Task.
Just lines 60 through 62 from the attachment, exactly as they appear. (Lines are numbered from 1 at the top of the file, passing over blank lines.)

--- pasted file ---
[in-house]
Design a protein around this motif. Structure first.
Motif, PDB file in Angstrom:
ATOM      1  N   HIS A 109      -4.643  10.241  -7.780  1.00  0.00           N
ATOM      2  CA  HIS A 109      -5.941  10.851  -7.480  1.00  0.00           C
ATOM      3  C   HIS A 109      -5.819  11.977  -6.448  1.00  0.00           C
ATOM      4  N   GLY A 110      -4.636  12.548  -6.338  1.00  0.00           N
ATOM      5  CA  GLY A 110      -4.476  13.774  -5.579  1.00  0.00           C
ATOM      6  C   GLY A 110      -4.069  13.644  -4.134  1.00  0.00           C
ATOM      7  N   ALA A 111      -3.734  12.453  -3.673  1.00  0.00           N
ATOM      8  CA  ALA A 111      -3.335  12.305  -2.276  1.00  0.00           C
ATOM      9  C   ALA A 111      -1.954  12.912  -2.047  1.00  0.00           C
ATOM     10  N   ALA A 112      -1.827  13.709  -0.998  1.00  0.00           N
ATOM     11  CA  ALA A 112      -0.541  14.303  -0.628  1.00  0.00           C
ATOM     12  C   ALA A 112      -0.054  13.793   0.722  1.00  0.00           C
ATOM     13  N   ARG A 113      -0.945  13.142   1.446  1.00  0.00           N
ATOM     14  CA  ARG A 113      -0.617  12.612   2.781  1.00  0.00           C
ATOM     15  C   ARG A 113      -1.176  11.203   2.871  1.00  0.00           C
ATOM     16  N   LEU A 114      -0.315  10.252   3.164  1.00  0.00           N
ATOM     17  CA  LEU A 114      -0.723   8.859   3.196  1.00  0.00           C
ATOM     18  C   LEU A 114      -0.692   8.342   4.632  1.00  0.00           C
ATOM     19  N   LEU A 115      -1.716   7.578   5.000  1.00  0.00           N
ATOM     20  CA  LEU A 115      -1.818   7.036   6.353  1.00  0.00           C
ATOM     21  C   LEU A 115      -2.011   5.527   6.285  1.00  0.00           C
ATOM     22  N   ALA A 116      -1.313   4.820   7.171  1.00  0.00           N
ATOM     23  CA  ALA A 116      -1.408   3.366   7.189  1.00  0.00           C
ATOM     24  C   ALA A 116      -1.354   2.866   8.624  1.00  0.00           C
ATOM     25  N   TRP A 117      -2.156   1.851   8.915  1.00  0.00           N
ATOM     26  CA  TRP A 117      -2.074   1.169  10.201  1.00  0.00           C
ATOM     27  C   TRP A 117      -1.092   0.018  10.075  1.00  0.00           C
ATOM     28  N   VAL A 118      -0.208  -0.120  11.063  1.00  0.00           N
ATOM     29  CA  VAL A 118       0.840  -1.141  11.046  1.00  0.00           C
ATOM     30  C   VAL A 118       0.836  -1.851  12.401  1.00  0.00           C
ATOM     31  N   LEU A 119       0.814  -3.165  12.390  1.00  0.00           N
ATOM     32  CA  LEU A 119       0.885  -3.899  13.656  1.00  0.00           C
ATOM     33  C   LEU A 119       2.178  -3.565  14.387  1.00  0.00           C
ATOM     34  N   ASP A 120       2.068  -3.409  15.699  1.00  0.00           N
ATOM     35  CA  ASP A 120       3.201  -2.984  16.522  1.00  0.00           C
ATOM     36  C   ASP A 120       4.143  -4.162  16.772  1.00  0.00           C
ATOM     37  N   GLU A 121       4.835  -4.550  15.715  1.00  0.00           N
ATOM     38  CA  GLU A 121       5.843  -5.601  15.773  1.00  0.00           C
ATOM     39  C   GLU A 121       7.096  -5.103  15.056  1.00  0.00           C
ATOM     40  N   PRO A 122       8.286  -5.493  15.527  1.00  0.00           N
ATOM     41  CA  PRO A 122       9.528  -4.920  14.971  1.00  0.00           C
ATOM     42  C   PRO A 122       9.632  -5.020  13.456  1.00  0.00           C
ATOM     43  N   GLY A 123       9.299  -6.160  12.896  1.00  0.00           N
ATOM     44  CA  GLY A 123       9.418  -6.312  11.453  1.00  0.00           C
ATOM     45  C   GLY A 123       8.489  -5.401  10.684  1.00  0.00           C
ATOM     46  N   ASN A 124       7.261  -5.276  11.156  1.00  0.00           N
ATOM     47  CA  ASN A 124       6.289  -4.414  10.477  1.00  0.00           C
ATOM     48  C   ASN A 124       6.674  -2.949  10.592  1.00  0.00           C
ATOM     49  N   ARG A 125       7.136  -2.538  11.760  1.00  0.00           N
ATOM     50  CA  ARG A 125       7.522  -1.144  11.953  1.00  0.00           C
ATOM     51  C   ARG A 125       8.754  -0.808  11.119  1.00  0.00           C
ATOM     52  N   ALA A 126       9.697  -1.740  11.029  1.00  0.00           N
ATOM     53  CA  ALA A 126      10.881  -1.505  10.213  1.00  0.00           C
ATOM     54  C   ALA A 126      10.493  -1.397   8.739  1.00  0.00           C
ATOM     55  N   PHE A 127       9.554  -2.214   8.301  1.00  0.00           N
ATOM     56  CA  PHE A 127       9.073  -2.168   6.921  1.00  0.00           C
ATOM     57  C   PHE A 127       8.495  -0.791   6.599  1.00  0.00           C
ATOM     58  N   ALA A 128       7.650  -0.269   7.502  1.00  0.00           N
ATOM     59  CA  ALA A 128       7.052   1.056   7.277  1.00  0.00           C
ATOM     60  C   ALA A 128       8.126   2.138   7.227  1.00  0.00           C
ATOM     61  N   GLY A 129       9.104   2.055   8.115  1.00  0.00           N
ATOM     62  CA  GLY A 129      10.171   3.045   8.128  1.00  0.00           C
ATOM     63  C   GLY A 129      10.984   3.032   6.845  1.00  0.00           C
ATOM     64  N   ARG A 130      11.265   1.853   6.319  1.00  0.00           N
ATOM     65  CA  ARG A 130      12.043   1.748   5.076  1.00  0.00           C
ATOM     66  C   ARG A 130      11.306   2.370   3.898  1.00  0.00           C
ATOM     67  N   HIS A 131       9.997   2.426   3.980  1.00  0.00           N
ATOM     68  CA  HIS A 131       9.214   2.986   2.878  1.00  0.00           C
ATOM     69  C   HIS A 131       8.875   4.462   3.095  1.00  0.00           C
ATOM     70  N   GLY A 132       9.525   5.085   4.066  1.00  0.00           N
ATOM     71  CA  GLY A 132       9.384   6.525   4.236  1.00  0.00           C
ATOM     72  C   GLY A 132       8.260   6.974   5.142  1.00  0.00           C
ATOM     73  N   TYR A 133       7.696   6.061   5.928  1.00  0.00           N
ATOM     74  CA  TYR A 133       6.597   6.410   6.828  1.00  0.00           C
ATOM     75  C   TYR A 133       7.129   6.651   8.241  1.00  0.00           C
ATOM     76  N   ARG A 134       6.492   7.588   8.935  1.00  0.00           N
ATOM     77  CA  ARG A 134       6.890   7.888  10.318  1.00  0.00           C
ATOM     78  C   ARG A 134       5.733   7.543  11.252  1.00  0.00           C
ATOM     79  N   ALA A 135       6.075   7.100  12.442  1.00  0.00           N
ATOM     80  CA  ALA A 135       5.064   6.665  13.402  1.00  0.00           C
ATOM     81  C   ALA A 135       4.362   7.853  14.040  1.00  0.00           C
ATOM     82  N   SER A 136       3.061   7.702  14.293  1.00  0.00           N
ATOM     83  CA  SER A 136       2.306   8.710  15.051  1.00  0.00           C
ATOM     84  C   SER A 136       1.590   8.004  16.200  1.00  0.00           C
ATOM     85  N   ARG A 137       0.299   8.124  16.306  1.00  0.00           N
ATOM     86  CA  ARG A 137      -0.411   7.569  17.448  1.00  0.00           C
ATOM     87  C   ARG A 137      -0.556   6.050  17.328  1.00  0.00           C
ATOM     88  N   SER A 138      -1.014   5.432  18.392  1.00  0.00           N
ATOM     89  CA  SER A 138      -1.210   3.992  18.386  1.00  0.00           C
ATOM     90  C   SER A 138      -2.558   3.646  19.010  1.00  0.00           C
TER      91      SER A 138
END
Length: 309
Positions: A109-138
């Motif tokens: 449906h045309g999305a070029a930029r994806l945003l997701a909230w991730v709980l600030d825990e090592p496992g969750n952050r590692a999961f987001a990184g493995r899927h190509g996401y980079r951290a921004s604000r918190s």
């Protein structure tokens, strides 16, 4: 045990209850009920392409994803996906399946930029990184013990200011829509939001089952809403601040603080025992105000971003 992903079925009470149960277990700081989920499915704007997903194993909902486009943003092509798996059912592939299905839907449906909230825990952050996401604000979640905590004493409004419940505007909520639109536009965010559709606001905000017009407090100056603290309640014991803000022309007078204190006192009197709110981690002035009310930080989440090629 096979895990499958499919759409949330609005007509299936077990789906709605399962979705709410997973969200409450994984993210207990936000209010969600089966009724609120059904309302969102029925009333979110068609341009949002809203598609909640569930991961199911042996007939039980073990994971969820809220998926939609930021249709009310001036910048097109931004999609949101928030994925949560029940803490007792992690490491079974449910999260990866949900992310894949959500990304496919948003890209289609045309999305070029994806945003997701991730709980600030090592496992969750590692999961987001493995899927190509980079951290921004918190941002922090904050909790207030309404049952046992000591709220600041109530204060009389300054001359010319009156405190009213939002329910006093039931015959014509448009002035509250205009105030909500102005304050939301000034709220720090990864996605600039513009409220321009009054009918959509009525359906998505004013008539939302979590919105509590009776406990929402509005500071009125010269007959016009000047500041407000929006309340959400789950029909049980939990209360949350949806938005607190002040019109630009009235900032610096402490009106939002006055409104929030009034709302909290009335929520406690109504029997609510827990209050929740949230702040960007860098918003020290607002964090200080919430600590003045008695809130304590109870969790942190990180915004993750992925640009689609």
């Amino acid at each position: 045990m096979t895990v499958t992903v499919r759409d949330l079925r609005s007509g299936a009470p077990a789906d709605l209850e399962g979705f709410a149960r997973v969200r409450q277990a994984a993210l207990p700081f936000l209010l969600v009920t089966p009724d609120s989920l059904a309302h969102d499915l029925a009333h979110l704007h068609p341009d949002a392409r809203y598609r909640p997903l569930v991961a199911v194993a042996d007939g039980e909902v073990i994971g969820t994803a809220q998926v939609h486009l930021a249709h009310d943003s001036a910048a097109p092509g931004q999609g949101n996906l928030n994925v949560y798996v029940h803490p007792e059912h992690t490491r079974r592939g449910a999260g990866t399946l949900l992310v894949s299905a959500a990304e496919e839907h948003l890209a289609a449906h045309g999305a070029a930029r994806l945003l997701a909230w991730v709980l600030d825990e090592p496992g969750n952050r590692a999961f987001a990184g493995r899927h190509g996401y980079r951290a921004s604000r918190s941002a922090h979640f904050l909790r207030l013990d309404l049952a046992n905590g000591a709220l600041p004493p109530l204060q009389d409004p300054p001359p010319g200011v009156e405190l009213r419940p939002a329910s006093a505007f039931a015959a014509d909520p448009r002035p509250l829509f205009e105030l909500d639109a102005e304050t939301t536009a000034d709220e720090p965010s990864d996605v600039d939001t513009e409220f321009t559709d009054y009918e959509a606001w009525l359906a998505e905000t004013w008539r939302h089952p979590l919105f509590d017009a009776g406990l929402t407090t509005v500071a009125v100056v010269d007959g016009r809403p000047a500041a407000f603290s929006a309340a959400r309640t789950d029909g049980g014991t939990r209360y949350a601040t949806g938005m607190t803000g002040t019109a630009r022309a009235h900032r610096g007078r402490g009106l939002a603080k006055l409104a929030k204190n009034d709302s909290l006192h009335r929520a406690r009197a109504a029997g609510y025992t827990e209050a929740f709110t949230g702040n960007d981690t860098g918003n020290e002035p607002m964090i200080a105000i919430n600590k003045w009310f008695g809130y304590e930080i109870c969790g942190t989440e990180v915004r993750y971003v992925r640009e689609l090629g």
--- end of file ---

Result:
ATOM     57  C   PHE A 127       8.495  -0.791   6.599  1.00  0.00           C
ATOM     58  N   ALA A 128       7.650  -0.269   7.502  1.00  0.00           N
ATOM     59  CA  ALA A 128       7.052   1.056   7.277  1.00  0.00           C